Environmental Technologies Industries
||Environmental Technologies Industries
|Philippines Export Market Plan|
|VI. Solid and Hazardous Waste Management|
Solid waste management has received greater attention from both the national and local governments in recent years. The Presidential Task Force on Solid Waste Management has produced guidelines for the evaluation of build-operate-transfer (BOT) projects in the waste treatment sector, as well as guidance to help local government units (LGUs) develop municipal ordinances on solid waste management, among other things. Good opportunities exist for U.S. waste management companies and equipment vendors to participate in LGU waste collection and disposal infrastructure development projects. A number of U.S. companies are already participating. Opportunities in the hazardous waste treatment, storage, and disposal market are more limited, however. Growth in this market segment awaits enforcement of the newly drafted toxic substances and hazardous wastes management regulations. Prospects are a little better in the medical waste treatment market, as the Department of Health recently passed a regulation requiring all hospitals and medical facilities to install incinerators as a condition for the renewal of their annual operation licenses.
The Philippine Presidential Task Force on Waste Management (PTFWM) estimated the amounts and sources of waste generated in Metro Manila in 1996. Table 5 contains this information.
Table 5: Community Waste Generation in Metro Manila -1996
Source: U.S. Department of Commerce, International Trade Administration, Industry Sector Analysis: Philippine Solid Waste Management Equipment.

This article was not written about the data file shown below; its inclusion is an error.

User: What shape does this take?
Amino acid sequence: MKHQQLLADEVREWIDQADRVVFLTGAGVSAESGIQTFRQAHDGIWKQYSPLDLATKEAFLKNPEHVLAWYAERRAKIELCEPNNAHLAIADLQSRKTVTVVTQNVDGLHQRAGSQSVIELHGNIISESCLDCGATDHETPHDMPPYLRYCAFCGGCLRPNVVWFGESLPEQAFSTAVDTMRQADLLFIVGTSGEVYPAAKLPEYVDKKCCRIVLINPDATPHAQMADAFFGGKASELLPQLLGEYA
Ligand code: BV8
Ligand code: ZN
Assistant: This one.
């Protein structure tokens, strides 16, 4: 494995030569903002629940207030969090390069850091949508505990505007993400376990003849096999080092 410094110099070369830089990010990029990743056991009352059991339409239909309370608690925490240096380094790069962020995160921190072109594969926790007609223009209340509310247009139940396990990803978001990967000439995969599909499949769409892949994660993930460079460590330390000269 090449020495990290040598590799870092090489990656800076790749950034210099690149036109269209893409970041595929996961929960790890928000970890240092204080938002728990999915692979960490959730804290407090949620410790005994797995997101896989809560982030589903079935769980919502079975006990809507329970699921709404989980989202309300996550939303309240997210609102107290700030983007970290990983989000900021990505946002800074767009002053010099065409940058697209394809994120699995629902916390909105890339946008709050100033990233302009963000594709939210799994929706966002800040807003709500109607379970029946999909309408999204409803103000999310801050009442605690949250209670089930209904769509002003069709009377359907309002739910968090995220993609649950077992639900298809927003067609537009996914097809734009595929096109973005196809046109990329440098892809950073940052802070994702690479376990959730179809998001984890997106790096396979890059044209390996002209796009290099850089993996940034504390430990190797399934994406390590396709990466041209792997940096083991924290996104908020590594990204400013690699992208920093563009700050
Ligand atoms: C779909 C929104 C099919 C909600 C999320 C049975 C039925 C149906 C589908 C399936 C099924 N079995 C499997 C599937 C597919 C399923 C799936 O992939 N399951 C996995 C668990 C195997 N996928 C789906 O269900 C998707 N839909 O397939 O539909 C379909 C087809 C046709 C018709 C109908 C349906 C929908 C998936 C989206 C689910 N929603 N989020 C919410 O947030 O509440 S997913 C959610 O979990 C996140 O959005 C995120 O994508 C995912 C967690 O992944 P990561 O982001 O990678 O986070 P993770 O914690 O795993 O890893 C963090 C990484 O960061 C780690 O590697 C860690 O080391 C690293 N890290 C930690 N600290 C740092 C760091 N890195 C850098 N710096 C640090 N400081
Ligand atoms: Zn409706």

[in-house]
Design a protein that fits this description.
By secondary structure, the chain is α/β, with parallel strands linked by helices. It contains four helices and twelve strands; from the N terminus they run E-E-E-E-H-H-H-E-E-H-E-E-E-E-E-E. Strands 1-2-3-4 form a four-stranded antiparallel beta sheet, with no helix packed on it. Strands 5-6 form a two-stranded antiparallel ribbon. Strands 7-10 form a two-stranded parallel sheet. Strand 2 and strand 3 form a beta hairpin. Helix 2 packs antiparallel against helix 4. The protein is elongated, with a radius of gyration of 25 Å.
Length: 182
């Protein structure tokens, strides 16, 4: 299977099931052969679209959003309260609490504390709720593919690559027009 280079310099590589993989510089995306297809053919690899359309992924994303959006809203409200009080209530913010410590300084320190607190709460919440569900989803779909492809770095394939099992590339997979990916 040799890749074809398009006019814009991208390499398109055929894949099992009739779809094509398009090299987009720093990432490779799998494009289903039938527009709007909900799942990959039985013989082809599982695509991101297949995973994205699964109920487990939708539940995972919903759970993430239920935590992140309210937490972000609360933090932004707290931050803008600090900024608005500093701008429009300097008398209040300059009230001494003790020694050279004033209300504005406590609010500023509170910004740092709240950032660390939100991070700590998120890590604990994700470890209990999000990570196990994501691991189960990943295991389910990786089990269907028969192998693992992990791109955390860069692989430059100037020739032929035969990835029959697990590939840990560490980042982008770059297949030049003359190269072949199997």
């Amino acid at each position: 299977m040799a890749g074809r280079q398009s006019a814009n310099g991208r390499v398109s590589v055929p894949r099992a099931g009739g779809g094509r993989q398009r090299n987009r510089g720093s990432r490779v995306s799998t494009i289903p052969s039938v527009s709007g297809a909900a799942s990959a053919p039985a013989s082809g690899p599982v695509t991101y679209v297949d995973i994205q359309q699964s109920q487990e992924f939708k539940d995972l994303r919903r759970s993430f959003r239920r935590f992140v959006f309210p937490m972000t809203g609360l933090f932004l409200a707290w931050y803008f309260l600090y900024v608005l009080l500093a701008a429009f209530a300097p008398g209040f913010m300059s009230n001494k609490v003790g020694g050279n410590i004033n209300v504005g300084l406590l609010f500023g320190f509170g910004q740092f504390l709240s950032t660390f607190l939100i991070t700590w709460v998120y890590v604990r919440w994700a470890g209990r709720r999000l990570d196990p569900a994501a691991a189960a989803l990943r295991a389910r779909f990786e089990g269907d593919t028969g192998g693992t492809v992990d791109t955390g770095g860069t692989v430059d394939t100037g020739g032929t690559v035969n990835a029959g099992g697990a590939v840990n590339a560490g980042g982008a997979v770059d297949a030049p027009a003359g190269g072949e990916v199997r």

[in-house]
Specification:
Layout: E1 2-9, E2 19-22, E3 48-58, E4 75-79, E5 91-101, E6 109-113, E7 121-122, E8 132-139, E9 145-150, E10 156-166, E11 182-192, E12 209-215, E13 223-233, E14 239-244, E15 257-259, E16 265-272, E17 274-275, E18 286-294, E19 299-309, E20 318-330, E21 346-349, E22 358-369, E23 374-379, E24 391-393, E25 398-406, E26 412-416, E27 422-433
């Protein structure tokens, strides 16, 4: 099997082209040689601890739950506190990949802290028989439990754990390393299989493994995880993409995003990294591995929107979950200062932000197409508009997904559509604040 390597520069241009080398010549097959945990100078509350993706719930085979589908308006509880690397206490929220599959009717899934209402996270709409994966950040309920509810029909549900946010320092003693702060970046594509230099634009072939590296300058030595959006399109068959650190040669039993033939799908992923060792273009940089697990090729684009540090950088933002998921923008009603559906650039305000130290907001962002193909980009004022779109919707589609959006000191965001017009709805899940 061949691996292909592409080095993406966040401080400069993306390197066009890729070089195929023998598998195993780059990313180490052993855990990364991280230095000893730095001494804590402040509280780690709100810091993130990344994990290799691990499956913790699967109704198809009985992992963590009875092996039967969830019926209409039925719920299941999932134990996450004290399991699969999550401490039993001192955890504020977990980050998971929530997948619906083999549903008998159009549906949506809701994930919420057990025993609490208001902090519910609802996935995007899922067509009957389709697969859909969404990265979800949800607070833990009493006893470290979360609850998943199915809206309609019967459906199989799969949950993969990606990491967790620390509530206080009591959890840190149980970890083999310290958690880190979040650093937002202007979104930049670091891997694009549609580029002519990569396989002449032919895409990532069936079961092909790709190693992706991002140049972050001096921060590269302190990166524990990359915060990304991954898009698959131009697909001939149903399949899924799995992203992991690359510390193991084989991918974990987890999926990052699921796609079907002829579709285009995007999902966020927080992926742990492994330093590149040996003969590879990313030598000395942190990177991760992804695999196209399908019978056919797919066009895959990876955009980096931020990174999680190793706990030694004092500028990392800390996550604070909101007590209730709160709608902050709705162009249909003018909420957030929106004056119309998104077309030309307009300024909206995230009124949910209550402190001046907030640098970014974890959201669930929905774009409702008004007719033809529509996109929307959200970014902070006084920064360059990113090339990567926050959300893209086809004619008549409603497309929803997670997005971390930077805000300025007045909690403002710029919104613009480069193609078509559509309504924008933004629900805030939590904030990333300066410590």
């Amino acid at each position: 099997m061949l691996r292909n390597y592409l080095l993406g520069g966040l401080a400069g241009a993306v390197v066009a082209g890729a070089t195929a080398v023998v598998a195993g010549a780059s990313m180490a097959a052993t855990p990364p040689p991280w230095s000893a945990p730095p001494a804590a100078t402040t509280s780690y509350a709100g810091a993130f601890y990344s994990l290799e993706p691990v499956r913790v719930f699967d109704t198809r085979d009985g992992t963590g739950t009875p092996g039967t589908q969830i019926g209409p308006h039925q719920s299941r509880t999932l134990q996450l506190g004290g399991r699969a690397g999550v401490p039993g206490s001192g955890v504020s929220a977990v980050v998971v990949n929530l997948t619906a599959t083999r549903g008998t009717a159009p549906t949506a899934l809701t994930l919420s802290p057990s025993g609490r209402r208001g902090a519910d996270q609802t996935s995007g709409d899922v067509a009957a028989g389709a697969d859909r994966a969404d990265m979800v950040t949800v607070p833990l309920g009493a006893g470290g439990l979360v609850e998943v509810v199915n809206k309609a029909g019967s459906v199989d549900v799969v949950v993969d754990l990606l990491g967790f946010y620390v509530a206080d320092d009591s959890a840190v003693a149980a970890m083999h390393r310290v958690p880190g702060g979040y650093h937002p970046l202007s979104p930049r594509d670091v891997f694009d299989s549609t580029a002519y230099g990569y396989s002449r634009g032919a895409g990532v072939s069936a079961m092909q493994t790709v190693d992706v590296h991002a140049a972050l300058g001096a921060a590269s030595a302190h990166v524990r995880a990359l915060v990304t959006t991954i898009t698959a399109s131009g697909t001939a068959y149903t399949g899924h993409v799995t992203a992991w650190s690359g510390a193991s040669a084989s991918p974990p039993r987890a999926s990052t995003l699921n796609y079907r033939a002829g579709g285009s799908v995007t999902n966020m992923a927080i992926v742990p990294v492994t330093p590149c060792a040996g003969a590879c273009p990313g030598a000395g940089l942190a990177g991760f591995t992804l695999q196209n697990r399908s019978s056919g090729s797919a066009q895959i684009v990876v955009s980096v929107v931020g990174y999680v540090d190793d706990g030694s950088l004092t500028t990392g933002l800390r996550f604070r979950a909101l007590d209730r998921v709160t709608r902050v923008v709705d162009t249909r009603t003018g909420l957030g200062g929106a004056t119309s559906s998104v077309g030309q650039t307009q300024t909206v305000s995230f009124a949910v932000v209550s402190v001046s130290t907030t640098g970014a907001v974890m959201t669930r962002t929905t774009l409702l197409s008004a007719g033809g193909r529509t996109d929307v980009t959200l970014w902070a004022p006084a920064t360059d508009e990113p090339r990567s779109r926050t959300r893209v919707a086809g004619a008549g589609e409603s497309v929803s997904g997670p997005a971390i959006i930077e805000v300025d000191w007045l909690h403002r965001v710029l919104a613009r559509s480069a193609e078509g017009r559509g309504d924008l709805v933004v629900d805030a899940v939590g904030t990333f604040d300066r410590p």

Per Capita (kg/day)
Percent of Total
The population of Metro Manila is currently 9.12 million; it is expected to reach 13 million by the year 2014. By the same year, its solid waste generation will reach 0.7 kilograms per capita per day or 11,705 tons per day. As waste production rates rise with economic growth, the problem of sanitary management of solid waste in the Philippines will be compounded.
The Metro Manila Development Authority (MMDA) estimates place the current collection efficiency rate of municipal solid waste in Metro Manila at 85 percent or 4,961 tons per day. The remaining 15 percent or 875 tons of uncollected waste are dumped into the bays, river banks, vacant lots, storm drains, and/or burned. The daily volume of municipal solid waste dumped at different disposal sites is 75 percent of the volume of collected waste or 4,377 tons per day. The remaining 25 percent or 1,459 tons per day of collected waste constitutes what collectors dumped illegally elsewhere in the city or recyclable materials segregated and what scavengers salvaged for sale. There are seven disposal sites in and around the Metro Manila area. The total daily volume accepted by these is 4,258 tons (1995).